Adams Reaches World Chess Championship Final

by E. "Doc" Smith on July 5, 2004

England’s Michael Adams defeated Teimor Radjabov in the 2004 World Chess Championship, being played in Tripoli, Libya, by the score of 2.5 to 1.5. Adams will face the winner of the Veselin Topalov – Rustam Kasimdzhanov match. That match is tied at 2-2, with a playoff to determine a winner. Adams is only the third westerner since Bobby Fischer in 1972, and fellow Brit Nigel Short in 1993, to play for the coveted title.

After yesterday’s surprising draw offer when Radjabov may have been slightly better, today he surprised Adams again with his choice of opening. 2..Qe7 in the king’s pawn is rarely played since the queen tends to get in the way of the development of black’s pieces. Additionally I could find no record in any of Radjabov’s games or even on ICC of him having played 2.Qe7 before.

Adams played cautiously taking some space but no risks so that by move 15 he had a tiny advantage and the clocks read 59m vs 53m. He then played Nf5 and two pieces came off the board for each side. After 19.Be7, the position was pretty much equal and the clocks had changed very little also.

Adams now thought for around 9 minutes and played 20.Ba5. This idea is found in positions normally arising from the Scandinavian or Caro-Kan defence. Radjabov played 20.Rd5 with the times now reading 46m vs 45m. Adams could have chosen to exchange off some heavy artillery with Rxd5 but instead swopped off the bishop and then moved his rook to d3, ready to double.

After an exchange of rooks, it was clear that Adams was not taking any risks by neutralising black’s initiatives. Radjabov tried to keep some tension in the position with 26.Rd5.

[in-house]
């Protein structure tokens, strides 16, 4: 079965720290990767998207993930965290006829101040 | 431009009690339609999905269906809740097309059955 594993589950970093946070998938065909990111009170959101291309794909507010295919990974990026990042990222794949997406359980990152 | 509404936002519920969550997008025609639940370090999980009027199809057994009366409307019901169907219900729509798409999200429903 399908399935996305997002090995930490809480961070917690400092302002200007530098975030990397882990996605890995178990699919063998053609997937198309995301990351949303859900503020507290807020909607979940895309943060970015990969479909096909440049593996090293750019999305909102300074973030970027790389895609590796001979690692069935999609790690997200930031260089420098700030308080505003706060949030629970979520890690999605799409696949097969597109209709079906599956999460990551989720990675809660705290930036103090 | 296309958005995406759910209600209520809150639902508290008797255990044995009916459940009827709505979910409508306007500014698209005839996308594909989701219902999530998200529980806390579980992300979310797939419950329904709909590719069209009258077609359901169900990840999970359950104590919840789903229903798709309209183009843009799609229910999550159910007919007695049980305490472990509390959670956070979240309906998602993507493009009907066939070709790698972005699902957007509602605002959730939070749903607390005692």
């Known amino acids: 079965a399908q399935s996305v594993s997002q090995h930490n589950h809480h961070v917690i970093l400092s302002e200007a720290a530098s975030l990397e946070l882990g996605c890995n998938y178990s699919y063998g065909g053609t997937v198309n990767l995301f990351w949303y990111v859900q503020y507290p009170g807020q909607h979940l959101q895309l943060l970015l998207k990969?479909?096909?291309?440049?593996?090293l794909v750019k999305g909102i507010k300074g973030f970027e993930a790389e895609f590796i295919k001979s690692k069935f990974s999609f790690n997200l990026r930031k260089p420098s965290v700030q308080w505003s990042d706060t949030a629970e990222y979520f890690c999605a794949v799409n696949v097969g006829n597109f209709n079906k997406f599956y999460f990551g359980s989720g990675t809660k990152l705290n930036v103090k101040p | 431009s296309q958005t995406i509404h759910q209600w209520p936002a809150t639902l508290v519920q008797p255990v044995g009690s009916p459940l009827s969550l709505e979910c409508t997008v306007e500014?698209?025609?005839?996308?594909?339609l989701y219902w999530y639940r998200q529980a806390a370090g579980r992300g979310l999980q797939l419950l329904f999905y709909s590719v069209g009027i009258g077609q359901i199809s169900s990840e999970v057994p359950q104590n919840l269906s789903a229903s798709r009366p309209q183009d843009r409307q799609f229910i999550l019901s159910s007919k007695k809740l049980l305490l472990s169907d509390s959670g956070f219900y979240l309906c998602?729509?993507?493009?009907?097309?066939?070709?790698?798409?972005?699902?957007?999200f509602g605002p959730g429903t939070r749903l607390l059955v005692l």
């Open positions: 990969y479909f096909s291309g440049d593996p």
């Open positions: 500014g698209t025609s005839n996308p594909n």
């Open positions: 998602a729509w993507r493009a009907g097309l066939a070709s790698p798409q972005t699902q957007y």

Both sides jockeyed for a large number of moves for the exchange of the last pair of rooks but Adams was never in any danger thanks to the strong knight on e4. Radjabov tried his best and shuttled his queen all over the board. Then as time control approached Radjabov tried to open up the queen side. The time at move 40 was Adams 24 – Radjabov 22. Again Adams aimed for easy equality with 41.Rd1 and after exchanging rooks there was very little left to play for.

Radjabov played on a few more moves but a draw was soon agreed on Radjabov’s proposal and Adams goes through to the final with a score of 2.5 – 1.5.

White Adams, Michael
Black Radjabov, Teimour

1 e4 e5
2 Nf3 Qe7
3 Nc3 c6
4 d4 d6
5 Bc4 Bg4
6 dxe5 dxe5
7 h3 Bh5
8 g4 Bg6
9 Bg5 f6
10 Be3 Nd7
11 Nh4 O-O-O
12 Qe2 Nb6
13 Bb3 Qc7
14 Bd2 Bc5
15 O-O-O Ne7
16 Nf5 Nxf5
17 exf5 Bf7
18 Ne4 Bxb3
19 axb3 Be7
20 Ba5 Rd5
21 Bxb6 axb6
22 Rd3 Rxd3
23 Qxd3 Rd8
24 Qe2 b5
25 Rd1 Rd4
26 c3 Rd5
27 b4 Qb6
28 Kb1 Kb8
29 h4 Qd8
30 Kc2 Kc7
31 h5 Qa8
32 Kb1 Qg8
33 f3 Qd8
34 Rd2 Qd7
35 Kc2 h6
36 Rd1 Kb8
37 Ra1 b6
38 Qe1 c5
39 bxc5 bxc5
40 Qe2 c4
41 Rd1 Kc7
42 Rxd5 Qxd5
43 Qe3 Kb7
44 Nd2 Kb8 1/2-1/2


E. “Doc” Smith is a former Rhode Island Amateur Champion, and has won divisional titles in the U.S. Amateur Team Championships for Brown University as well as the Rhode Island Chess League Championships. He has also taught chess to kids in S.F. schools, where he has recently directed several successful citywide tournaments.


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